The final debate of the 2017-18 Brock University Students’ Union election took place this past Monday in Isaac’s Bar and Grill. Candidates for the four executive positions got onstage to discuss the biggest issues facing students at Brock, as well as argue their platform points.
Vice-President, Student Services candidates Joyce Khouzam and Curtis Rohl kicked off the debate with a policy discussion focused mainly on BUSU clubs and O-Week. Both Rohl and Khouzam promised to deliver equal treatment of BUSU-affiliated clubs and fight for better shuttle services for students. Debate moderators gave Rohl and Khouzam a hypothetical of how to handle a cancellation of the big act for Frosh Week. Rohl promoted the idea of a contingency plan in his answer, while Khouzam said she would be transparent and honest with students. A question about how the new VPSS would get upper-year students involved in campus events led to an argument between Khouzam and Rohl about whether or not a hot-dog eating contest on campus would be appropriate. The hot-dog debate lasted about five minutes before moderators had the two wrap up with closing remarks.
Vice-President of External Affairs candidates Ja’miil Millar and Peter Henen followed. In their opening statements, Millar talked about her work as Advocacy Coordinator with BUSU and Henen plugged his efforts to fight for better food options for students (an issue he has been working on for several years). When asked whether BUSU was a leader for student unions across the country, neither candidate answered the question outright. Henen pointed to the model of the University of British Columbia’s Students’ Union, and Millar praised BUSU’s internal policy and efforts at progress. Towards the end of the debate, candidates reiterated past campaign promises, with Millar pledging to Indigenize Brock by giving voice to Indigenous students, and Henen tying in a potential football field at Brock to mental health awareness. Henen also brought up the issue of low voter turnout at numerous points during his time on stage, and questioned the wisdom of taking the Bus Pass to referendum twice (the last leading to students voting overwhelming to increase the transit fee).
The Vice President, Financial Affairs debate came next. The VPFA candidates have had the liveliest discussions of any of the four positions thus far and Monday’s debate did not disappoint. Of the four candidates, Bilal Khan and Mel Gencer had by far the most speaking time. Gencer and Khan verbally sparred for several moments, with Khan asking Gencer three times what he has done to advance his platform since last year’s elections. Gencer hit back by questioning the wisdom of Khan’s promise to “scream and shout” to Thorold City Council about the cancelled Winterberry Boulevard bus route. Both candidates accused the other of not keeping promises or engaging enough with students.
The other candidates did get chances to speak earlier in the debate. Gencer made a huge misstep when he criticized VPFA candidate Jordan Albanese for only having served on Brock Senate for three months. Albanese answered by stating he took a break due to his personal mental health, a statement that drew praise from fellow candidate Georgie Gagnon. All four spoke about the need to get the Winterberry bus route back for Brock students, but Gagnon was the only candidate to speak directly about student behaviour off-campus, including a party late last year that drew over 500 students to a single home. Gagnon stated she believed that the Niagara Regional Police should be pressured by BUSU to be tougher on issues of student housing.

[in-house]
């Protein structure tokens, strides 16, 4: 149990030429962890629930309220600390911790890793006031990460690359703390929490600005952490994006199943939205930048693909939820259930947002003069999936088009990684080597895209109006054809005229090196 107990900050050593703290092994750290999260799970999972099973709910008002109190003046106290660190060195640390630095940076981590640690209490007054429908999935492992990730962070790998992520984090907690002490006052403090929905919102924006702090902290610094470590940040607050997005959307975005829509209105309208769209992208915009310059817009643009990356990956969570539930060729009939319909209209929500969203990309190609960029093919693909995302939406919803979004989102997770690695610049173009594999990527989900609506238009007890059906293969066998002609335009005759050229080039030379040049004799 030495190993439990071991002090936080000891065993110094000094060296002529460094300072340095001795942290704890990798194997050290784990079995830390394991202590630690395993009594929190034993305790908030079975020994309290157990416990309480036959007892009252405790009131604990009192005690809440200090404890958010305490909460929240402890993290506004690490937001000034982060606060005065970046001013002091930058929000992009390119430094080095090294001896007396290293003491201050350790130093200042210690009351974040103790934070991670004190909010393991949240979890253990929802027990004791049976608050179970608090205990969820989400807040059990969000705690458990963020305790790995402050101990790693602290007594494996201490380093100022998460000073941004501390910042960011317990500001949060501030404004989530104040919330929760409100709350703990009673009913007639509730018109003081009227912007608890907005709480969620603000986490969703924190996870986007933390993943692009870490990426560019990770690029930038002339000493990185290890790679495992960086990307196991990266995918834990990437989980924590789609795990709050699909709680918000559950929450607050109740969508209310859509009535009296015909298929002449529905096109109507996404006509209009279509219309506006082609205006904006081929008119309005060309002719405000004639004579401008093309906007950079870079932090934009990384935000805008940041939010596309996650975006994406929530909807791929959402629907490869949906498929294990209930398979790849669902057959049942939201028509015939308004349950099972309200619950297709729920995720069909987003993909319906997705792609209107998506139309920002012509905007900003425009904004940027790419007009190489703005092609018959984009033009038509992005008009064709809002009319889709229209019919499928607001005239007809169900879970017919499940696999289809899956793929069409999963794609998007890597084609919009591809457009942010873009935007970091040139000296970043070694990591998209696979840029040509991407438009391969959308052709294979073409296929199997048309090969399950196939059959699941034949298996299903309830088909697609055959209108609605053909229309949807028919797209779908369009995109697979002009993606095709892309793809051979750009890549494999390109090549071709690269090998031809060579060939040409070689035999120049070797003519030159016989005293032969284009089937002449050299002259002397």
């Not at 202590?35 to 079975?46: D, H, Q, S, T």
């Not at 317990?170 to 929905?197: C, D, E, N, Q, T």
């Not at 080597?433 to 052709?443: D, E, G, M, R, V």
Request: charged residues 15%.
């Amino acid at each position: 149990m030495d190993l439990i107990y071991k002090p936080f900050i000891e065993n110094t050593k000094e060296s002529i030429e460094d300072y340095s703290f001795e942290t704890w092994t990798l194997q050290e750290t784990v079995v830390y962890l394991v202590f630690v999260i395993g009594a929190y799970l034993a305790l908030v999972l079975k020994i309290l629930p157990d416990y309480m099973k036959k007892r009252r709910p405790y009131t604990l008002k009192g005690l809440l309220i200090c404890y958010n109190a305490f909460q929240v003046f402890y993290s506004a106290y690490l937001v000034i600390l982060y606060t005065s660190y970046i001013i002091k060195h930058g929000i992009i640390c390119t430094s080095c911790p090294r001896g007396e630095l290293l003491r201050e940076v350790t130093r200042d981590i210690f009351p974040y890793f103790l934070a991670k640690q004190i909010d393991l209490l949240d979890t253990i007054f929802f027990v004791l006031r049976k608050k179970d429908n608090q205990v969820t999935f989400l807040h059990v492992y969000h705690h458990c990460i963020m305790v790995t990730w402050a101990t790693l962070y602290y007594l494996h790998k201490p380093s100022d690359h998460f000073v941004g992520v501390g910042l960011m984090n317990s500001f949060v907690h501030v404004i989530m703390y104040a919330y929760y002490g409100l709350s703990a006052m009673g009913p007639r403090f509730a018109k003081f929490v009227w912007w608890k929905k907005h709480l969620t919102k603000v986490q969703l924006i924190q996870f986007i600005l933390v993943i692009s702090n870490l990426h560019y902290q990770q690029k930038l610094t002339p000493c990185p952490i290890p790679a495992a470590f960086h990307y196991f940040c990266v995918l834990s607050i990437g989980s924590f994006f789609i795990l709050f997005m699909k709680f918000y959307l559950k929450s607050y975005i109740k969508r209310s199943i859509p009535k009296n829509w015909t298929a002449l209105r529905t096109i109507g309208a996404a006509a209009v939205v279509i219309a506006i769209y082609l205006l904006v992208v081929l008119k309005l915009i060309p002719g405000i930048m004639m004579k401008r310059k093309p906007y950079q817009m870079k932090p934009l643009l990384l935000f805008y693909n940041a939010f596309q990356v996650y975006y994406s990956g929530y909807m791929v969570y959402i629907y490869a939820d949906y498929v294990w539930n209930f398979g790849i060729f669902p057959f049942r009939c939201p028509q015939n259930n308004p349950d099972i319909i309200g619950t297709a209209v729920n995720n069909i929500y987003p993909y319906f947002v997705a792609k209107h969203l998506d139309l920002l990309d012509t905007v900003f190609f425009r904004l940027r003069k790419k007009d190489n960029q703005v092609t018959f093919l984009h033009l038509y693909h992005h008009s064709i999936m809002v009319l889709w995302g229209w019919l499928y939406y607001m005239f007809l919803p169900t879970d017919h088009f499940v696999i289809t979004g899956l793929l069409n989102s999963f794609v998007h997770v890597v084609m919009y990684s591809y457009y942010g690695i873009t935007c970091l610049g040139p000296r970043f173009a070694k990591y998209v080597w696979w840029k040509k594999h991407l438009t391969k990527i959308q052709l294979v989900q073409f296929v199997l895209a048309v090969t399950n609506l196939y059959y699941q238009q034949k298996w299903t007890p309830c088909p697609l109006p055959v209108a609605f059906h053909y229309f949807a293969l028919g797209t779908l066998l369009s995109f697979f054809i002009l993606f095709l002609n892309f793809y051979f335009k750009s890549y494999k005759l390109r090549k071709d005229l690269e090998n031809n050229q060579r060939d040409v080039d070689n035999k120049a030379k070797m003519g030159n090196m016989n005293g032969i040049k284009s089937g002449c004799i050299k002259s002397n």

After the VPFA candidates made their closing statements, the three candidates for President spoke to the audience about their plans. Aidan Hibma, current VPFA and President hopeful, had the most excited crowd response out of any candidate, and spoke about efforts to be more inclusive of international students and possibly introduce a tuition cap. Current VPEA Nadia Bathish echoed his remarks and talked about the importance of advocacy and lobbying the provincial government on issues of importance. All three candidates spoke about how more must be done to address the concerns of off-campus locations. Hibma floated the idea of creating a representative for the Marilyn I. Walker institute, and Alston Manhendran pledged to work with the city of St. Catharines on homeless issues.
The Presidential debate got more interesting when candidates were invited to ask one another questions. Hibma asked Mahendran about past leadership experience, with Mahendran mentioning his experience working as an assistant to previous Presidents Faisal Hejazi and Patrick Foster.
Afterwards, Bathish questioned Mahendran on the wisdom of his platform plank promising free breakfasts for students every month. When Bathish asked where the money for the breakfasts would come from, Mahendran attacked both her and Hibma over allegedly using student money on new BUSU jackets. Mahendran kept up with this line of attack until the moderator interrupted and reprimanded Manhendran for a “personal attack”. In their closing remarks, all candidates thanked friends, students, supporters, and gave shout-outs to the Brock basketball teams.
Students will also have the opportunity to vote for Senate and two referendums, which ask the following questions:
- “Do you support the removal of the $1.50 per credit fee for the Ontario Public Interest Research Group (OPIRG) effective May 1, 2018?”
- “Do you support a $3.97 increase to the Student Justice Centre fee (0.91 to $4.88) starting Spring 2018 as outlined in the Memorandum of Understanding?”
Voting for the BUSU elections begin on February 13 at midnight and conclude Feb. 15 at 9:00 p.m., with the results to follow shortly after. Students will be sent an e-mail to their brocku.ca student account, which will include a link to a voting ballot.